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Public Histories in Practice - HIS00144M

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  • Department: History
  • Module co-ordinator: Dr. Victoria Hoyle
  • Credit value: 20 credits
  • Credit level: M
  • Academic year of delivery: 2023-24

Module summary

In this module students will explore the practical, theoretical and ethical challenges of ‘doing history’ in public settings, with and for non-specialist audiences. The past is produced and consumed all around us, from the latest Netflix show to TikTok, from Parliament to primary school classrooms, from museums to local memorials, from podcasts to family stories. This module equips students with the skills and knowledge to participate in this process, and to ask important questions like: What methods can be used to engage, entertain and educate in a wide range of contexts? How can we approach audiences of different ages and backgrounds? What issues need to be taken into account in presenting and interpreting the past? What is at stake when histories are shared or stories told? How can authority and power be shared in public history practice?

Each week of the module will be taught by guest lecturers, all of whom are experienced public history practitioners. Students will be set practical tasks and challenges to work on individually and in groups in preparation and during seminars. Practitioners may include: museum curators, archivists, heritage managers, education specialists, historical media consultants and historical engagement designers. Past tasks have involved designing an escape room, writing historical sketch comedy, planning a podcast, compiling a visitor guide, commenting on a script and curating an exhibition case. The module also involves class visits to public history places in York, including a museum, an archive, a country house and a popular historical attraction.

Module will run

Occurrence Teaching period
A Semester 1 2023-24

Module aims

The aims of this module are to:

  • Develop skills of source analysis and interpretation
  • Assess a range of source material and relevant secondary works; and
  • Develop students’ powers of evidence-based historical argument, both orally and in writing.

Module learning outcomes

Students who complete this module successfully will:

  • Demonstrate a knowledge of a specialist historiographical literature;
  • Present findings in an analytical framework derived from a specialist field;
  • Solve a well-defined historiographical problem using insights drawn from secondary and, where appropriate, primary sources.
  • Set out written findings using a professional scholarly apparatus.

Module content

Students will attend a 1-hour briefing in week 1. Students will then attend a 2-hour seminar in weeks 2-4, 6-8 and 10-11. Weeks 5 & 9 are Reading and Writing (RAW) weeks during which there are no seminars, and during which students research and write a formative essay, consulting with the module tutor. Students prepare for eight seminars in all.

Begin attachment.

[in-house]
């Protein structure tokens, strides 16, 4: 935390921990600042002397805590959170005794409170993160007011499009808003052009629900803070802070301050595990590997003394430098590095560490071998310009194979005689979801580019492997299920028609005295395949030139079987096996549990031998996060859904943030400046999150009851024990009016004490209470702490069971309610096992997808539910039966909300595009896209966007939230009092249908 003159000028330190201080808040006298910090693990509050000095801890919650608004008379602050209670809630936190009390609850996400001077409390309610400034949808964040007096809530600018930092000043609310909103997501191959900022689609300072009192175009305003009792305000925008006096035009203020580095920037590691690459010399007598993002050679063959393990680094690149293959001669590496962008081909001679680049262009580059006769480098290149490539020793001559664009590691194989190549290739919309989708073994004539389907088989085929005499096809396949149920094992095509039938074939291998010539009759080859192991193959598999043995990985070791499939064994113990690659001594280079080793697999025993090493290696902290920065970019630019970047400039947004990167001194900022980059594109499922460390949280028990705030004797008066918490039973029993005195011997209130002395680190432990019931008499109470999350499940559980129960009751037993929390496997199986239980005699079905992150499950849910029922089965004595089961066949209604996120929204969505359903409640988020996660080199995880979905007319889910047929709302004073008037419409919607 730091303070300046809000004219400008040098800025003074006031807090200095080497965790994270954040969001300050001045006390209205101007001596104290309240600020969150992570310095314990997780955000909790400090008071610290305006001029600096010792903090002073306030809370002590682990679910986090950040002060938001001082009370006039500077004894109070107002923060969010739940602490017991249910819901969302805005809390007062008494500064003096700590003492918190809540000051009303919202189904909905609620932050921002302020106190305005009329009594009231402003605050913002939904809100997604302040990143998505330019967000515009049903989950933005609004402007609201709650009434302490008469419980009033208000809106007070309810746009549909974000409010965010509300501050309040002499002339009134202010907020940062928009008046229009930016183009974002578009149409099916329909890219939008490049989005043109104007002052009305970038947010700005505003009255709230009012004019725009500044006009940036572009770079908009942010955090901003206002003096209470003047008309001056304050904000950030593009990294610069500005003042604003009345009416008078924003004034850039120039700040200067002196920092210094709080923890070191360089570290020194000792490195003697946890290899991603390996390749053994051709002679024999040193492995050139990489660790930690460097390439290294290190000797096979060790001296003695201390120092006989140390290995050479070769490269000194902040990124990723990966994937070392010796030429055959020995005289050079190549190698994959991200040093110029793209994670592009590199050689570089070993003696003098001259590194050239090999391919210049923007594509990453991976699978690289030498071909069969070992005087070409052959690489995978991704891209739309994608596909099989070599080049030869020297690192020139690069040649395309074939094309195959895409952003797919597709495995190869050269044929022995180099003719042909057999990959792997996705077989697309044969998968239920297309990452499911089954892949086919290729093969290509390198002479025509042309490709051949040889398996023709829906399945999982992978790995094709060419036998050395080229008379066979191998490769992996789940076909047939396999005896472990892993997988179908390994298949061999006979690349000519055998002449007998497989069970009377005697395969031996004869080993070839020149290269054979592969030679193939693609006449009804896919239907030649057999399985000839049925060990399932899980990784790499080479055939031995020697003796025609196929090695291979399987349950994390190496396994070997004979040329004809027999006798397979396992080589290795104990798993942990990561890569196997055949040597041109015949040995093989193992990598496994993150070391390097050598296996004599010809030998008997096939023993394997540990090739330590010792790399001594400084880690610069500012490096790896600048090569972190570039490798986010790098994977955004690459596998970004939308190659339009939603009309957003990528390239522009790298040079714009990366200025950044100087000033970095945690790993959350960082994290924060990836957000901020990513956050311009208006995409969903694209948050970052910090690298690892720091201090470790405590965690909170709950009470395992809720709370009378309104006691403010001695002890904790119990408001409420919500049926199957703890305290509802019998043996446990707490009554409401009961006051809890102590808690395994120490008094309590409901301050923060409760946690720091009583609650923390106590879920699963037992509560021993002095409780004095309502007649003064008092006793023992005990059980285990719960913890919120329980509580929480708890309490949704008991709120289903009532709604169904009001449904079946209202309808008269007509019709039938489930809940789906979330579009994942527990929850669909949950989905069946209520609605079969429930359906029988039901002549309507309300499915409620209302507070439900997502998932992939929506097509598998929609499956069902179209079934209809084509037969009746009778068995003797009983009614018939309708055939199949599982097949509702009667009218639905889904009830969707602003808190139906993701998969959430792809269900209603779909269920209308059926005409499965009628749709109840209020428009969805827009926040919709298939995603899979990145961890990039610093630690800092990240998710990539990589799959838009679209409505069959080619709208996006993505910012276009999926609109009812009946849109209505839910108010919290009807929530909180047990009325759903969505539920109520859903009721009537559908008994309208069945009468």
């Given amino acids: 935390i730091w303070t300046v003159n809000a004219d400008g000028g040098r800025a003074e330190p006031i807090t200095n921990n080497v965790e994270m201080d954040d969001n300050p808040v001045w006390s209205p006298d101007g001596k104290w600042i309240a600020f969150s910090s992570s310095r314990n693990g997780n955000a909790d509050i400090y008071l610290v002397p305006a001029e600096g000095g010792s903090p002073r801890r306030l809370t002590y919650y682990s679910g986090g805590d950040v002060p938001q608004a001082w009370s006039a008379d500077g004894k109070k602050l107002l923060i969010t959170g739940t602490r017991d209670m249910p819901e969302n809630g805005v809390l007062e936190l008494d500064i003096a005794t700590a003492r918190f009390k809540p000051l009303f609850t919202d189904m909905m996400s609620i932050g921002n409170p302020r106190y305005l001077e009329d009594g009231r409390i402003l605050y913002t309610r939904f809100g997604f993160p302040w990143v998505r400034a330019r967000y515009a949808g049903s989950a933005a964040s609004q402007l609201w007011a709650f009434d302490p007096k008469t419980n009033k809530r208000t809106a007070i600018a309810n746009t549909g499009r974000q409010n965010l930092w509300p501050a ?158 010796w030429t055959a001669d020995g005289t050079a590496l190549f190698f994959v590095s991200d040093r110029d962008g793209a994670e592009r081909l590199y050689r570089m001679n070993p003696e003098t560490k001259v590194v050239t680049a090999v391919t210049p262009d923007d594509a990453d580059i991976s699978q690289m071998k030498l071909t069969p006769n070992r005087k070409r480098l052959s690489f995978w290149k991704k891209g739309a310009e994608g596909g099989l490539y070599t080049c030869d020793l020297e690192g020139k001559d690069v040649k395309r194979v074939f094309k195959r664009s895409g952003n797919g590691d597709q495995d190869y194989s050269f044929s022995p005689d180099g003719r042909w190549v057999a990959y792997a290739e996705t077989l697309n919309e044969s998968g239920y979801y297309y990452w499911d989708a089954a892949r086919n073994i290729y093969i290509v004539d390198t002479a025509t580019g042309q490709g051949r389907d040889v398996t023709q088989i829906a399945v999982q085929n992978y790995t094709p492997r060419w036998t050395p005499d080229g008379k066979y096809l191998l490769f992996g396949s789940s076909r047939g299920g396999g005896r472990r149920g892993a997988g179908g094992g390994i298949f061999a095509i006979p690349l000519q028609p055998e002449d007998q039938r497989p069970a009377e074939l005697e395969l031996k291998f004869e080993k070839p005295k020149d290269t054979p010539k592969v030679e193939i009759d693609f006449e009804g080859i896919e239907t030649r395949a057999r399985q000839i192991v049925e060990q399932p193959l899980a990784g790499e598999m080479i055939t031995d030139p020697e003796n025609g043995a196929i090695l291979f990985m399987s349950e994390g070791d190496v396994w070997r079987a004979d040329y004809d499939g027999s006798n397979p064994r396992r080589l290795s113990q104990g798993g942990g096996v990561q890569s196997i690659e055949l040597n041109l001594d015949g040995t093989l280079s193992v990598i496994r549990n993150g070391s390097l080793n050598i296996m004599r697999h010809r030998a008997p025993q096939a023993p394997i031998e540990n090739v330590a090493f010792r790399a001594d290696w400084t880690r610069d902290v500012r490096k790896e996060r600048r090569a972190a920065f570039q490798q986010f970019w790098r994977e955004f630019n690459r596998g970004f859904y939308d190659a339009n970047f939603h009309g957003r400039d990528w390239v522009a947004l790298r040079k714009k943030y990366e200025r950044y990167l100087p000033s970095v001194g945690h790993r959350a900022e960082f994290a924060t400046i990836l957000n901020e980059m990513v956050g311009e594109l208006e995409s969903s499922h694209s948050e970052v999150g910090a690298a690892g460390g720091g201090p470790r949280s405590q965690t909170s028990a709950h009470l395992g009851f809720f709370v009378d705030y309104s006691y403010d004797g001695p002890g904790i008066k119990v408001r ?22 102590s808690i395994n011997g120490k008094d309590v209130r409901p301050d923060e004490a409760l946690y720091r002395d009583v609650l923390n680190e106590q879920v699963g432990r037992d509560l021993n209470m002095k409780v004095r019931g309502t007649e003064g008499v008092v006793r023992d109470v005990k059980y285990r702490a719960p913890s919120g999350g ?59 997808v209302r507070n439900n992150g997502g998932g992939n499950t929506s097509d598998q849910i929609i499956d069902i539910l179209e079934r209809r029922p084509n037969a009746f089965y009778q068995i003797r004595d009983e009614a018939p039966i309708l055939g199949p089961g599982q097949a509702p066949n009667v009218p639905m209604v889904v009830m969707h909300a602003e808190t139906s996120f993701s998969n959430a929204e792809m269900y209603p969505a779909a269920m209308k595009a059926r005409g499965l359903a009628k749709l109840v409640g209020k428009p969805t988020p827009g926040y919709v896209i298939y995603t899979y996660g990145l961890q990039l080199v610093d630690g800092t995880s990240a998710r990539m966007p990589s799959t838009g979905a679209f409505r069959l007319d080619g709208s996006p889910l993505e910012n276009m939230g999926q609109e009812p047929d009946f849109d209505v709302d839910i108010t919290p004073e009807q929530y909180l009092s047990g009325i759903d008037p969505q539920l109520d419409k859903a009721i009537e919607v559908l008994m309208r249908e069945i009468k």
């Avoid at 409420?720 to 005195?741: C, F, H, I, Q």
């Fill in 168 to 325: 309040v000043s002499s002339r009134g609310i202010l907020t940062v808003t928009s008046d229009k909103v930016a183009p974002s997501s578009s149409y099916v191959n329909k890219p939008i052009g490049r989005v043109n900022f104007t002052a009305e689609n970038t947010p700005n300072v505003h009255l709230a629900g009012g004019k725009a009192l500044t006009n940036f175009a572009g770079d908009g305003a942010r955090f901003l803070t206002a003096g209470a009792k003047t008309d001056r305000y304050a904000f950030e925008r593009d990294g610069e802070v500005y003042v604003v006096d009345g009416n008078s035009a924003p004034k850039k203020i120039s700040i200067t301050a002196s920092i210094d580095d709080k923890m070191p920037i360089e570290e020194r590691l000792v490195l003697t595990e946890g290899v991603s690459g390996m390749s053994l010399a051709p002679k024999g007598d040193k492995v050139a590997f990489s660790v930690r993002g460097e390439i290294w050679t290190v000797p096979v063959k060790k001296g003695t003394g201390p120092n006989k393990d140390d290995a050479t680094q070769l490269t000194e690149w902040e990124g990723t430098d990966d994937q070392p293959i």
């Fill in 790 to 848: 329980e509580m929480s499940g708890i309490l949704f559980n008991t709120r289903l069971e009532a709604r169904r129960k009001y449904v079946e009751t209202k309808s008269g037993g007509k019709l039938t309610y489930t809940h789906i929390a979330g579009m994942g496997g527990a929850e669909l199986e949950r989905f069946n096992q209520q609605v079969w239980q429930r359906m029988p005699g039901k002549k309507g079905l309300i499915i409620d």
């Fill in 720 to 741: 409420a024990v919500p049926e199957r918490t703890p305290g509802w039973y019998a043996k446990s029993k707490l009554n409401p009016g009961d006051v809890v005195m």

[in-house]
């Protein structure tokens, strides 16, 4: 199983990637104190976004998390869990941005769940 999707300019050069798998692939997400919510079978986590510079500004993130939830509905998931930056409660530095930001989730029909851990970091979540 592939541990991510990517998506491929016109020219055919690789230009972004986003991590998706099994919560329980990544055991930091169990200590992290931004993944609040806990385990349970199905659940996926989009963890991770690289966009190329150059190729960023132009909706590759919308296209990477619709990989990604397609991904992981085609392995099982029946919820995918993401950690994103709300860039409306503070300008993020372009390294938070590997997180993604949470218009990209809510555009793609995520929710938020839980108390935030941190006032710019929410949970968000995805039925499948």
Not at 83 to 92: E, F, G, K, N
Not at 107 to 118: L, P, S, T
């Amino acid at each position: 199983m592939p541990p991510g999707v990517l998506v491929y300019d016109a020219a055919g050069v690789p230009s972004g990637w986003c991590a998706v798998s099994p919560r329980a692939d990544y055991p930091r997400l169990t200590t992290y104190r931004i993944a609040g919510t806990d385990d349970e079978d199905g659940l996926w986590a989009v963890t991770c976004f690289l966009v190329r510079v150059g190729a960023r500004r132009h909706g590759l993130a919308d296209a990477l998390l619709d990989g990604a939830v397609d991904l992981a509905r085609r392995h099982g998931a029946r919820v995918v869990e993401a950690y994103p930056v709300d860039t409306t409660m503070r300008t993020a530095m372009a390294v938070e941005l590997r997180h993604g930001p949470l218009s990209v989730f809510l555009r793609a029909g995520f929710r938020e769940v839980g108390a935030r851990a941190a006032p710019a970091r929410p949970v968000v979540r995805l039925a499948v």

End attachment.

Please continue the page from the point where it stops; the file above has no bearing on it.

Seminar topics are subject to variation, but are likely to include the following:

  1. Museums, collections and exhibitions
  2. Archives and society
  3. Managing heritage places
  4. History in film and visual media
  5. Children, education and Horrible Histories
  6. Gaming the past: Digital histories
  7. Living History and reenactment
  8. Designing immersive experiences


Task Length % of module mark
Long Essay
N/A 100

Special assessment rules


Additional assessment information

Students submit a 2,000-word formative essay in week 9.
A 4,000-word summative essay will be due in the assessment period.


Task Length % of module mark
Long Essay
N/A 100

Module feedback

Students will typically receive written feedback on their formative essay within 10 working days of submission.

Work will be returned to students in their seminars and may be supplemented by the tutor giving some oral feedback to the whole group. All students are encouraged, if they wish, to discuss the feedback on their formative essay during their tutor’s student hours—especially during week 11, before, that is, they finalise their plans for the Summative Essay.

For more information, see the Statement on Feedback.

For the summative assessment task, students will receive their provisional mark and written feedback within 25 working days of the submission deadline. The tutor will then be available during student hours for follow-up guidance if required. For more information, see the Statement of Assessment.

Indicative reading

For reading during the module, please refer to the module VLE site. Before the course starts, we encourage you to look at the following items of preliminary reading:

  • Sayer, Faye. Public History : A Practical Guide. (London: Bloomsbury Academic, 2015.)
  • Lyon, Cherstin M., and Shrum, Rebecca K. Introduction to Public History : Interpreting the Past, Engaging Audiences. (Lanham, Maryland: Rowman & Littlefield, 2017.)
  • Macdonald, Sharon. A Companion to Museum Studies. (Chicester: Wiley-Blackwell, 2011.)

The information on this page is indicative of the module that is currently on offer. The University is constantly exploring ways to enhance and improve its degree programmes and therefore reserves the right to make variations to the content and method of delivery of modules, and to discontinue modules, if such action is reasonably considered to be necessary by the University. Where appropriate, the University will notify and consult with affected students in advance about any changes that are required in line with the University's policy on the Approval of Modifications to Existing Taught Programmes of Study.